The best known examples of Black inventors are those who lived during the late 19th century and early 20th century. One Black inventor, Jan Ernst Matzeliger, invented a device that revolutionized the entire shoe industry by automating the shoemaking process. Another inventor, Granville T. Woods, was called the “Black Edison” after successfully defending himself against Thomas Edison’s claims of inventing devices originally credited to Woods. Woods received more than 60 patents in his lifetime, primarily for electrical and telegraphic devices.
“All of the African American publications promoted the achievements of Black inventors. DuBois featured them in the Crisis (magazine),” James notes.
James says the interest in promoting knowledge about Black inventors has long been a part of Black History Month, dating from the time it was founded as Negro History Week by historian Dr. Carter G. Woodson in 1926.
“Woodson was known to have had people writing him about (Black) inventors for a number of years,” James says, acknowledging that the push to promote Black inventors has also become a way to inspire African Americans to embrace technology.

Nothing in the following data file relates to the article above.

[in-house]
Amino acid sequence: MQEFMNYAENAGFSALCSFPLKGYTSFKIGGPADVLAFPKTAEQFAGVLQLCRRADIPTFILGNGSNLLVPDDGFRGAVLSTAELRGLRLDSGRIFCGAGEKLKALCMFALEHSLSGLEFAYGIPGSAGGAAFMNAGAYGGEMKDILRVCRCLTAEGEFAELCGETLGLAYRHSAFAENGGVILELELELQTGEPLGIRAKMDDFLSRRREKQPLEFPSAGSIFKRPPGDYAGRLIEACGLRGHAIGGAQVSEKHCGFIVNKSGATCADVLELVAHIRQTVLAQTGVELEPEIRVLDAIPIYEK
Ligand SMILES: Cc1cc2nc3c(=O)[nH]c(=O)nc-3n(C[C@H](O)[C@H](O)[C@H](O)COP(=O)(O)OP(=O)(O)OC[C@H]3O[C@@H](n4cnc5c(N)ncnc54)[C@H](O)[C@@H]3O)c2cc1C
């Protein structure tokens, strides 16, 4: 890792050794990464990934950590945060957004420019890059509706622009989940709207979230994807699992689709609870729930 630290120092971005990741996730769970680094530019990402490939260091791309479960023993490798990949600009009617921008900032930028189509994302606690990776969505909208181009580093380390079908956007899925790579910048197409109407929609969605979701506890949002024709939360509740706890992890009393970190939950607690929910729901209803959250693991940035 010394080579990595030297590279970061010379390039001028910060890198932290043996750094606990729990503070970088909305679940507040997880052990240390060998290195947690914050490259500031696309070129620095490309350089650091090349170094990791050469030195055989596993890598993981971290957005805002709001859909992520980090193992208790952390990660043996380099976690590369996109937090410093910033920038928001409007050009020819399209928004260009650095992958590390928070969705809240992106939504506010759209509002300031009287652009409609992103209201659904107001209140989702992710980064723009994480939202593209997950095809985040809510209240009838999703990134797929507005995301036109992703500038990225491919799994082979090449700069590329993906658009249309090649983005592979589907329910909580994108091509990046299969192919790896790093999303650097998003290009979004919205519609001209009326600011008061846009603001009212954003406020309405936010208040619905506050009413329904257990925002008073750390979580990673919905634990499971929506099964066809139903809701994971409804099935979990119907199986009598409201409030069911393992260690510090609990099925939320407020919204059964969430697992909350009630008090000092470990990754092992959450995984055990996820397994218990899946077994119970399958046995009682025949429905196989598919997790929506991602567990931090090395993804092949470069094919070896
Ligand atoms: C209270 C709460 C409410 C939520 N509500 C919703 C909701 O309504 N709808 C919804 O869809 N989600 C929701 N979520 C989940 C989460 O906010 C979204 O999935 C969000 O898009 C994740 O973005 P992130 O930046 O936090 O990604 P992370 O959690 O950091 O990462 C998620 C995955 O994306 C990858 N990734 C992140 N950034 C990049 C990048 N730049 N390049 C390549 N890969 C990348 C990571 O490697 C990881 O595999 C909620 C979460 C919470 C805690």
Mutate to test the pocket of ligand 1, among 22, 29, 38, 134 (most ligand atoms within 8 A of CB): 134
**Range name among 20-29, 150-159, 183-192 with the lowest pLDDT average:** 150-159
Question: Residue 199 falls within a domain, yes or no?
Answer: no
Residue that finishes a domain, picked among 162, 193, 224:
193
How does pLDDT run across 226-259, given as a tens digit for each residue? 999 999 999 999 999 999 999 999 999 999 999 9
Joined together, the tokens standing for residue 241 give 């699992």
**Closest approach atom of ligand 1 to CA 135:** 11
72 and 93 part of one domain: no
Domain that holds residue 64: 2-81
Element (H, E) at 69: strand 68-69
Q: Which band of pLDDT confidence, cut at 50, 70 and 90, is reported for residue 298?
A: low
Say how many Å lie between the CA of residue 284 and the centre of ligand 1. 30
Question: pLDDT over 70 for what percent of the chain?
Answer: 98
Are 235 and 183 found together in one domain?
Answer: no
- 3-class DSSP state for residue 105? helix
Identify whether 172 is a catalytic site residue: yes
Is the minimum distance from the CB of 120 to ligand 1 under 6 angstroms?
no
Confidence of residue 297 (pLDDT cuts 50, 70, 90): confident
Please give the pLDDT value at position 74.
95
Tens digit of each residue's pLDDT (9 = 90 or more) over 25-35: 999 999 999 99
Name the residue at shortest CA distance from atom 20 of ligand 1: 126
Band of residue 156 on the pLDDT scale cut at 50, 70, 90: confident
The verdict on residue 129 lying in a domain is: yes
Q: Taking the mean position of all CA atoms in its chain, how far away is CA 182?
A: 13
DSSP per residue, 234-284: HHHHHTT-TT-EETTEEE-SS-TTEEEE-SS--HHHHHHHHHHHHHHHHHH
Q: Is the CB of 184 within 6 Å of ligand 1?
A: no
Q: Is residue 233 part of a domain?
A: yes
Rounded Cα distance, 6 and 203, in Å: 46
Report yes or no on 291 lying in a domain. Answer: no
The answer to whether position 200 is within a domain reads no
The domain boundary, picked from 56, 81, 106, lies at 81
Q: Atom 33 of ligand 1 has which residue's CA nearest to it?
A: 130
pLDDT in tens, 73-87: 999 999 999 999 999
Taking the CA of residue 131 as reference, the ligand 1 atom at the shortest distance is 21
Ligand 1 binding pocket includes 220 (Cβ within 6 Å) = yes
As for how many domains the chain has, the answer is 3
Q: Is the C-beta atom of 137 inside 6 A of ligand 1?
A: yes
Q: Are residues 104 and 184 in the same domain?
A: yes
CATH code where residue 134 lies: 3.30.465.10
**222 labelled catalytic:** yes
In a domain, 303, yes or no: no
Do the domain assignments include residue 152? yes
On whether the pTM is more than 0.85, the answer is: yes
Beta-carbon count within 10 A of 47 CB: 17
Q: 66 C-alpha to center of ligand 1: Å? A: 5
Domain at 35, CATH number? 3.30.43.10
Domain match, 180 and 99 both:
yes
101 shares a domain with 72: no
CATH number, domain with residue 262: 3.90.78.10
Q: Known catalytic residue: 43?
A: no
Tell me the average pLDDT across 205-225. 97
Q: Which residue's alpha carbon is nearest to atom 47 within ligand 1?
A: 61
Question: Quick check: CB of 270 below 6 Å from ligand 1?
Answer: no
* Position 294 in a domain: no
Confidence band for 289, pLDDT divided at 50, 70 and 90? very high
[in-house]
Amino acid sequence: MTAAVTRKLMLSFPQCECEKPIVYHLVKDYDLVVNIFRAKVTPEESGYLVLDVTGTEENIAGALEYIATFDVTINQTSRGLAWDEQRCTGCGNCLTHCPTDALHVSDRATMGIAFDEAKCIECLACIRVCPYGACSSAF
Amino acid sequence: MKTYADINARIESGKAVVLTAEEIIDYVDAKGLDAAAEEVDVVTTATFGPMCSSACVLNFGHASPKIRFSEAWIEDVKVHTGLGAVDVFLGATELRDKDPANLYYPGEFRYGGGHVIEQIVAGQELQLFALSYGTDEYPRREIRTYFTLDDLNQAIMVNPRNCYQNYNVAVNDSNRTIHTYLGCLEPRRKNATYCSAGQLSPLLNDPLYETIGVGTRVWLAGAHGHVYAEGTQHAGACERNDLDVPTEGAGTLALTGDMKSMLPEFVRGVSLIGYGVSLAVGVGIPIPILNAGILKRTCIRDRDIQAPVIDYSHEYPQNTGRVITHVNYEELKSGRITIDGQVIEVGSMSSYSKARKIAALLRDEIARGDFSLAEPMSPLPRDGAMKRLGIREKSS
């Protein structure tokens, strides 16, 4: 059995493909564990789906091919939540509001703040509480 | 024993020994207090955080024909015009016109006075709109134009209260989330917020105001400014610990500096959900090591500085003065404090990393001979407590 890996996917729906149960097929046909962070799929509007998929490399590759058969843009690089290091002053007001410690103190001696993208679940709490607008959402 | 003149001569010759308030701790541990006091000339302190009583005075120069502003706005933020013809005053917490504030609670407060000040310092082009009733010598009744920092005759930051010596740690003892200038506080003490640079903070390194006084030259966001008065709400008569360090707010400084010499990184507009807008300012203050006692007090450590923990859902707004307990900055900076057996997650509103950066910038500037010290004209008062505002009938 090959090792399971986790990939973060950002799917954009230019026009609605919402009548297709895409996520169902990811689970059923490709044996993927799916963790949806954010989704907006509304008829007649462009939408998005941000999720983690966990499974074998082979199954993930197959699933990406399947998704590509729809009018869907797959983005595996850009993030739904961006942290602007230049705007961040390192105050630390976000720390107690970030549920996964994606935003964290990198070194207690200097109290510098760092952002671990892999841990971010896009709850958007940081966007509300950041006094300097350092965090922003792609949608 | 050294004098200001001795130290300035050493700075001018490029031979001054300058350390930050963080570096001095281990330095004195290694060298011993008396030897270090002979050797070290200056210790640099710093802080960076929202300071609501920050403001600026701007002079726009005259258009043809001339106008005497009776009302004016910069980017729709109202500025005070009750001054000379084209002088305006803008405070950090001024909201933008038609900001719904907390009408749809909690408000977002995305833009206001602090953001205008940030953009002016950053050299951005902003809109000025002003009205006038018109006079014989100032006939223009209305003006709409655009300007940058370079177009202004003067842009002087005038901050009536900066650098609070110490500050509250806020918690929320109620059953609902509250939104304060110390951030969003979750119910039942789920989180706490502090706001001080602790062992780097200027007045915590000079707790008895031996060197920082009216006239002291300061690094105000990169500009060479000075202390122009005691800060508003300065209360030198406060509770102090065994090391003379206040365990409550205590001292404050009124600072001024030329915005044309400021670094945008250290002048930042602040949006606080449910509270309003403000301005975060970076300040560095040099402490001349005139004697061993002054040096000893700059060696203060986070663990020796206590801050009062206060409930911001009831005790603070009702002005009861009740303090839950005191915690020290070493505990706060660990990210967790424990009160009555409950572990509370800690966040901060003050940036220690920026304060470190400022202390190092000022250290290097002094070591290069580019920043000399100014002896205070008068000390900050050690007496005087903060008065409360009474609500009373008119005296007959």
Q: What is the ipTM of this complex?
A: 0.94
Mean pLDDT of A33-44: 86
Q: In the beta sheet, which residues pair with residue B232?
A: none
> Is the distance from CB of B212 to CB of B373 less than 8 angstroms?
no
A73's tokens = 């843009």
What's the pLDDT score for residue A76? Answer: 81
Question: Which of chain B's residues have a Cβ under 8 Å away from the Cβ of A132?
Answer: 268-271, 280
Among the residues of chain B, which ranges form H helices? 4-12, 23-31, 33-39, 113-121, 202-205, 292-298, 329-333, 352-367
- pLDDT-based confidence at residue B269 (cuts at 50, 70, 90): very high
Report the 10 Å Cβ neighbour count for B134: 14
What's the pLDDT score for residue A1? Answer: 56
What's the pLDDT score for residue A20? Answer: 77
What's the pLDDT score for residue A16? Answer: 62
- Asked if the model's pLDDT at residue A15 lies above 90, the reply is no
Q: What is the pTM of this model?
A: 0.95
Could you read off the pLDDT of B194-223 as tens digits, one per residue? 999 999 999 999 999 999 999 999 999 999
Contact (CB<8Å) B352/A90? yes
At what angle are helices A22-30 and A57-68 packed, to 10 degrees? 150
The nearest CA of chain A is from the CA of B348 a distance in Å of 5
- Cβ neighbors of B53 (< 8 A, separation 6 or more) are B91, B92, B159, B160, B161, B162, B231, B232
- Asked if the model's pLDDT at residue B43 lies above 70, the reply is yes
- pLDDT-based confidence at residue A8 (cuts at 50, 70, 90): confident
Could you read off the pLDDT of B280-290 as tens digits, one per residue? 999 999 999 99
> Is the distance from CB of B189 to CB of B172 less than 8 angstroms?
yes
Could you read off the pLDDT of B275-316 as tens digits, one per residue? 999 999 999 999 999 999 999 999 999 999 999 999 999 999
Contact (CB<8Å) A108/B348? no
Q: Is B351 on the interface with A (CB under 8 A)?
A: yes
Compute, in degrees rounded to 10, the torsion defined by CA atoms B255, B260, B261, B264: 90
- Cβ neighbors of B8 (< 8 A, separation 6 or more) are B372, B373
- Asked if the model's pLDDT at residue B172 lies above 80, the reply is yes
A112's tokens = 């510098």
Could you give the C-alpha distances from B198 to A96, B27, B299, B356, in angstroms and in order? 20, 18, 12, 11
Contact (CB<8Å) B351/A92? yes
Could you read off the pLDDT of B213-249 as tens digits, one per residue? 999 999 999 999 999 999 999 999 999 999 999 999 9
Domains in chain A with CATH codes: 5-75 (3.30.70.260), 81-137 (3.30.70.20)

Raymond B. Webster, an information specialist in Philadelphia, spent 15 years writing African American Firsts in Science and Technology (Gale Group), which was published in 2000 and features 250 inventors among 1,200 breakthrough listings by Blacks in science and technology. Webster sees his work clearly as one aimed at both inspiring and educating young people. He hopes that young Blacks will pay serious attention to the scientific and technological accomplishments, but says that too little research on Black participation has been done. 
 “(Black) contributions to science and technology are not well documented,” he says, adding that numerous school districts have purchased his volume as a reference book.
Webster says that while he has been to eager to collect information and present it in reference form, he is disappointed that few academic historians and sociologists have taken on Black inventors to write interpretive works about their lives.
 “(The historians and sociologists) are not looking at these accomplishments in depth. I’d like to see some work on the economic impact of some of these inventions. For example, Matzeliger transformed the entire shoe industry with his invention,” Webster says.